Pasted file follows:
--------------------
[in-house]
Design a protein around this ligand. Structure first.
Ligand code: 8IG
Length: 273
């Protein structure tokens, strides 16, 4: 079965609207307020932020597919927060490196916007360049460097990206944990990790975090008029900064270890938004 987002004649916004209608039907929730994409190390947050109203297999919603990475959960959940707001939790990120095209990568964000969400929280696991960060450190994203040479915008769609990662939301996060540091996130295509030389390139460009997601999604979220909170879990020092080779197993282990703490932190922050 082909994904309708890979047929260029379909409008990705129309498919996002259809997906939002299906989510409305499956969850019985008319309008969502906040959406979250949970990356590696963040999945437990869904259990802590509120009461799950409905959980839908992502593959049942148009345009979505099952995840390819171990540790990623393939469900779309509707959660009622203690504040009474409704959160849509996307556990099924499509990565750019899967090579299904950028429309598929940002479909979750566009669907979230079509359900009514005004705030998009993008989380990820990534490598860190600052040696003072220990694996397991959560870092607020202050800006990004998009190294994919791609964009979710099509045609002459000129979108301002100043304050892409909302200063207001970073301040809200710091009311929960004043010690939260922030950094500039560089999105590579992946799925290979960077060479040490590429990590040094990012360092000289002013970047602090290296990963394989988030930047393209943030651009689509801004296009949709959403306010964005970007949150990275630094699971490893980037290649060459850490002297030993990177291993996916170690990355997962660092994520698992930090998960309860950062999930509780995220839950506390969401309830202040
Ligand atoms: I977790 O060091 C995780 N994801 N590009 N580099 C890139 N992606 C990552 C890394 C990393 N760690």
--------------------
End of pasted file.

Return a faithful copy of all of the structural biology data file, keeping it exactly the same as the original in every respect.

[in-house]
Design a protein around this ligand. Structure first.
Ligand code: 8IG
Length: 273
């Protein structure tokens, strides 16, 4: 079965609207307020932020597919927060490196916007360049460097990206944990990790975090008029900064270890938004 987002004649916004209608039907929730994409190390947050109203297999919603990475959960959940707001939790990120095209990568964000969400929280696991960060450190994203040479915008769609990662939301996060540091996130295509030389390139460009997601999604979220909170879990020092080779197993282990703490932190922050 082909994904309708890979047929260029379909409008990705129309498919996002259809997906939002299906989510409305499956969850019985008319309008969502906040959406979250949970990356590696963040999945437990869904259990802590509120009461799950409905959980839908992502593959049942148009345009979505099952995840390819171990540790990623393939469900779309509707959660009622203690504040009474409704959160849509996307556990099924499509990565750019899967090579299904950028429309598929940002479909979750566009669907979230079509359900009514005004705030998009993008989380990820990534490598860190600052040696003072220990694996397991959560870092607020202050800006990004998009190294994919791609964009979710099509045609002459000129979108301002100043304050892409909302200063207001970073301040809200710091009311929960004043010690939260922030950094500039560089999105590579992946799925290979960077060479040490590429990590040094990012360092000289002013970047602090290296990963394989988030930047393209943030651009689509801004296009949709959403306010964005970007949150990275630094699971490893980037290649060459850490002297030993990177291993996916170690990355997962660092994520698992930090998960309860950062999930509780995220839950506390969401309830202040
Ligand atoms: I977790 O060091 C995780 N994801 N590009 N580099 C890139 N992606 C990552 C890394 C990393 N760690």